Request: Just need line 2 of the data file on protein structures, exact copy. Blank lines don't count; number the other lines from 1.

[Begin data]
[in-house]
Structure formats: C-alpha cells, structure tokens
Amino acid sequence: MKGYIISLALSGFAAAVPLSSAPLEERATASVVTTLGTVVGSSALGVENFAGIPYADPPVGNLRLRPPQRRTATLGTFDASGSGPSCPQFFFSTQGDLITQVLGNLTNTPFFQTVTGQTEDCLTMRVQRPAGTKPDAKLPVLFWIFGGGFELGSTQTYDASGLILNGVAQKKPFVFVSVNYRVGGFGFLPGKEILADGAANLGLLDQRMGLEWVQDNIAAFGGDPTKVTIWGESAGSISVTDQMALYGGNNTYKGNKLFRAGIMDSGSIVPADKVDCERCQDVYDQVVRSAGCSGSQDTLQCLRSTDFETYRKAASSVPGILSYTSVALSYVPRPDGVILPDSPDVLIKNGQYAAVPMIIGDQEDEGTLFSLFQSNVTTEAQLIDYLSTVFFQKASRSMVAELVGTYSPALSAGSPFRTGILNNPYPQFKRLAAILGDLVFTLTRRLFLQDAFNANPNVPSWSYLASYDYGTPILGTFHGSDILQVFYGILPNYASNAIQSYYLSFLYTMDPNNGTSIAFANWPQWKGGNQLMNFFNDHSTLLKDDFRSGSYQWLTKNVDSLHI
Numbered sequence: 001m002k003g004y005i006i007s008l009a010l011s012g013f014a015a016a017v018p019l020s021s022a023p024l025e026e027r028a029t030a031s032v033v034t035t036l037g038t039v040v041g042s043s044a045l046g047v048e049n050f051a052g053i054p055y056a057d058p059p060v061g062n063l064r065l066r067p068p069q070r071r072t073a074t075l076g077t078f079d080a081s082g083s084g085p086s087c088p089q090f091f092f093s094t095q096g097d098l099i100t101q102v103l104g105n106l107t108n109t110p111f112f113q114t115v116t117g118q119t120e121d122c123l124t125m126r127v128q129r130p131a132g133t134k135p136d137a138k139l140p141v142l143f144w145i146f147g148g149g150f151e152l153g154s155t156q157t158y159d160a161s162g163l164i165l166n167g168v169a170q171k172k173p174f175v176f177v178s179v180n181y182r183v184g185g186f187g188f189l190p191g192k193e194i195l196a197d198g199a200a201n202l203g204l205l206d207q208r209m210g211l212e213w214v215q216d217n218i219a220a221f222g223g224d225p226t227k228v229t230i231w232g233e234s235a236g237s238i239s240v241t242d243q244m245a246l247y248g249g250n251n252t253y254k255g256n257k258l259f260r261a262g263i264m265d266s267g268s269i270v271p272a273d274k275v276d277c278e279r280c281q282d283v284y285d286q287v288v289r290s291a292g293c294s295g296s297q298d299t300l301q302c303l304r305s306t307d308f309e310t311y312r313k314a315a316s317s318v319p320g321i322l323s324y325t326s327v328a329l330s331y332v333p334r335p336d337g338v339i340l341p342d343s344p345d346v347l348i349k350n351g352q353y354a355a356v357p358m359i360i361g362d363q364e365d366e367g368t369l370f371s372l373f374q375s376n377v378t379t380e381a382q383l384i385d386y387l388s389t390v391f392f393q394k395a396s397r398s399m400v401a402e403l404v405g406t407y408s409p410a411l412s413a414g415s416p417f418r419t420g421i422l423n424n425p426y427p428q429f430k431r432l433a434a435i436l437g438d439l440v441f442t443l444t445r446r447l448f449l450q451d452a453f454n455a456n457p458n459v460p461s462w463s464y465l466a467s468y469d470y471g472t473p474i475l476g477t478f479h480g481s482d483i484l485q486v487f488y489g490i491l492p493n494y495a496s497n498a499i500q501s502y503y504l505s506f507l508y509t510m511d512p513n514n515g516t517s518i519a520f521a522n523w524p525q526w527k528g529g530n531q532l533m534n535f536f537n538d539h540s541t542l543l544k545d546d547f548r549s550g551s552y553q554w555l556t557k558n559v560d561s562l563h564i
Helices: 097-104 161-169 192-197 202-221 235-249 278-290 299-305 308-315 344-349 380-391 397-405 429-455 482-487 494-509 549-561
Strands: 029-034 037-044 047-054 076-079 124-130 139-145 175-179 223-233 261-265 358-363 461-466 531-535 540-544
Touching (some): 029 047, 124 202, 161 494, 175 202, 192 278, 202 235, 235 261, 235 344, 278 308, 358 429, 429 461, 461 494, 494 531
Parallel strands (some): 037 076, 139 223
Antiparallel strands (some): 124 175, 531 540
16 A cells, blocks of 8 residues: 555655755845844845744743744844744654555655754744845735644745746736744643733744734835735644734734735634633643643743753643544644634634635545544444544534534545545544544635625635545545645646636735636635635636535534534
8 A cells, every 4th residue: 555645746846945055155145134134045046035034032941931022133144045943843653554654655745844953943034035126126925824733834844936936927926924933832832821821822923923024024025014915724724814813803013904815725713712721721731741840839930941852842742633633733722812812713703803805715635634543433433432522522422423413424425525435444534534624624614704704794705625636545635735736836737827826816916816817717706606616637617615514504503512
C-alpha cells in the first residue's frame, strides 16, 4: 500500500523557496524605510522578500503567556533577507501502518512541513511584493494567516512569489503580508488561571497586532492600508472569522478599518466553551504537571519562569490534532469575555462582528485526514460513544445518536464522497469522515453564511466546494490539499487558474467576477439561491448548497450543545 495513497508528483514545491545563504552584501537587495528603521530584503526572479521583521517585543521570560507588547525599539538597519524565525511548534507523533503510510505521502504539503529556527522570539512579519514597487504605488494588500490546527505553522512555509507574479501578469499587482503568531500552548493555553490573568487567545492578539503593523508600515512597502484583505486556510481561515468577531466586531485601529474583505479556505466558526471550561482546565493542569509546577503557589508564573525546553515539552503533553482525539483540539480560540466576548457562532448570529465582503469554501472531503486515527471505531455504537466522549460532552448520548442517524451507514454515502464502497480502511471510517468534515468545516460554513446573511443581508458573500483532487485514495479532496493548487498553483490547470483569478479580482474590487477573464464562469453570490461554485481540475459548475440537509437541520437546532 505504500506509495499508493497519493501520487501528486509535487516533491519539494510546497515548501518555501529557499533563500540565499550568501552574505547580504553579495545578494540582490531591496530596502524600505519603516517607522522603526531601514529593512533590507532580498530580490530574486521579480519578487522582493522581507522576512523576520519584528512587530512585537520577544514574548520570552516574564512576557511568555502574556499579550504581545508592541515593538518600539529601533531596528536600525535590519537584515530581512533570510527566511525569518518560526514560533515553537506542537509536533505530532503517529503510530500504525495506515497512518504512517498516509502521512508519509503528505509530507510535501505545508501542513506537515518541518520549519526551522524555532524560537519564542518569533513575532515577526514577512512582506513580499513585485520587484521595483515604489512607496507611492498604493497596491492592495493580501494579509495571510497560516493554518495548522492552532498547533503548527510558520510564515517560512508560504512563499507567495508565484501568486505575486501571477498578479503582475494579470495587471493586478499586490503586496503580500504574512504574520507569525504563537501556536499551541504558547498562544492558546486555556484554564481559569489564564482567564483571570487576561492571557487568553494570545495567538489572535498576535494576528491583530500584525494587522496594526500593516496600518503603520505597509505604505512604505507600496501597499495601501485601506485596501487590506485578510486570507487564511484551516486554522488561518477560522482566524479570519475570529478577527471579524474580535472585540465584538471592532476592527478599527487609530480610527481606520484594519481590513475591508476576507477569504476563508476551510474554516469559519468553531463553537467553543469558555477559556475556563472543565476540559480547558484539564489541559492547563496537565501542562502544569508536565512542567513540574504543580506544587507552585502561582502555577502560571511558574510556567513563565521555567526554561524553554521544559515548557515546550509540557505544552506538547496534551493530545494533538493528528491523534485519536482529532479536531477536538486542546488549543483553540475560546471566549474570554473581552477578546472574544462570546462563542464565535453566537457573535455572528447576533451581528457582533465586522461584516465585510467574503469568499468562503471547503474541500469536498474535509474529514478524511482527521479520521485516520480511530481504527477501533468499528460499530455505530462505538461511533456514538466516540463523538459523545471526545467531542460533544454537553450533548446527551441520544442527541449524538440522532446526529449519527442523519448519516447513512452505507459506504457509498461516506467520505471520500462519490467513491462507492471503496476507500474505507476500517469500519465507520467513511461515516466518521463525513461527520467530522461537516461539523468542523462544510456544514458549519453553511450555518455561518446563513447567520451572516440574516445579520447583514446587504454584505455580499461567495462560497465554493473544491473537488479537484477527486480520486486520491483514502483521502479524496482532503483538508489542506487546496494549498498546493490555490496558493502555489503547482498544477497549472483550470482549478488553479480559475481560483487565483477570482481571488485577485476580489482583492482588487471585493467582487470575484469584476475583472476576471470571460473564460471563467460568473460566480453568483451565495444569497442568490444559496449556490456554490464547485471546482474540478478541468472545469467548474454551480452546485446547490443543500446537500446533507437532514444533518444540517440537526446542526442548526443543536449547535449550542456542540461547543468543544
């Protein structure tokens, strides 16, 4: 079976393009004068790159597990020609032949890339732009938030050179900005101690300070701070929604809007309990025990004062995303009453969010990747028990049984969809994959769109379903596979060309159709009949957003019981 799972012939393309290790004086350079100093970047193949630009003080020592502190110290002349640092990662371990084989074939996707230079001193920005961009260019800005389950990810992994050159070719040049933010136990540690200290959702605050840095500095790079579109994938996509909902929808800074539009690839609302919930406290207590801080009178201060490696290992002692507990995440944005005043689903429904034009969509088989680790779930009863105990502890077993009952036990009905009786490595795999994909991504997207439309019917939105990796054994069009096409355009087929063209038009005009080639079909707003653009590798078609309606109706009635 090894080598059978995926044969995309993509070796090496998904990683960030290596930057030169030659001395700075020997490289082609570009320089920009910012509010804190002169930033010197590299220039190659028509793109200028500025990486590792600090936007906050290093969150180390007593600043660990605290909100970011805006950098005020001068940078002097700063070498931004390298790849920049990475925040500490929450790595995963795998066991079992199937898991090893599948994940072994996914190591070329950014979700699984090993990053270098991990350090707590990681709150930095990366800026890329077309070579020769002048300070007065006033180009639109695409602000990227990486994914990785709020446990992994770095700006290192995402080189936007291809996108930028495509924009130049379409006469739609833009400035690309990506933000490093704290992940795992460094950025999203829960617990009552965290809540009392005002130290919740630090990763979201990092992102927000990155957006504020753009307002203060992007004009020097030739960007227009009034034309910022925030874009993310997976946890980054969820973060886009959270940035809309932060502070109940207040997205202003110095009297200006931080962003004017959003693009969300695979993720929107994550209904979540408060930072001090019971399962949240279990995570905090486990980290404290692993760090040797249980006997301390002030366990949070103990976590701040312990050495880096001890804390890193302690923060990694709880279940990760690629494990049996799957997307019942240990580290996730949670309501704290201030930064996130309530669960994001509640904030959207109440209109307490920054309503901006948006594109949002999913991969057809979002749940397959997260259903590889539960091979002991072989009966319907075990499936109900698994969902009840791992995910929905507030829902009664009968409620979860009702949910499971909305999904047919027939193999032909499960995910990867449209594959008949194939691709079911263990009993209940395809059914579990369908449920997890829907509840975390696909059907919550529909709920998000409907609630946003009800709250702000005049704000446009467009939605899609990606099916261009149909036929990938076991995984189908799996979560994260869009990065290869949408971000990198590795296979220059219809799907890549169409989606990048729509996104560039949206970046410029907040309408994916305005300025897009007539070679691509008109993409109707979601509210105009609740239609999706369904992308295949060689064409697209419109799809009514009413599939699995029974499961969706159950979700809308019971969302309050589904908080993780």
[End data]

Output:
Structure formats: C-alpha cells, structure tokens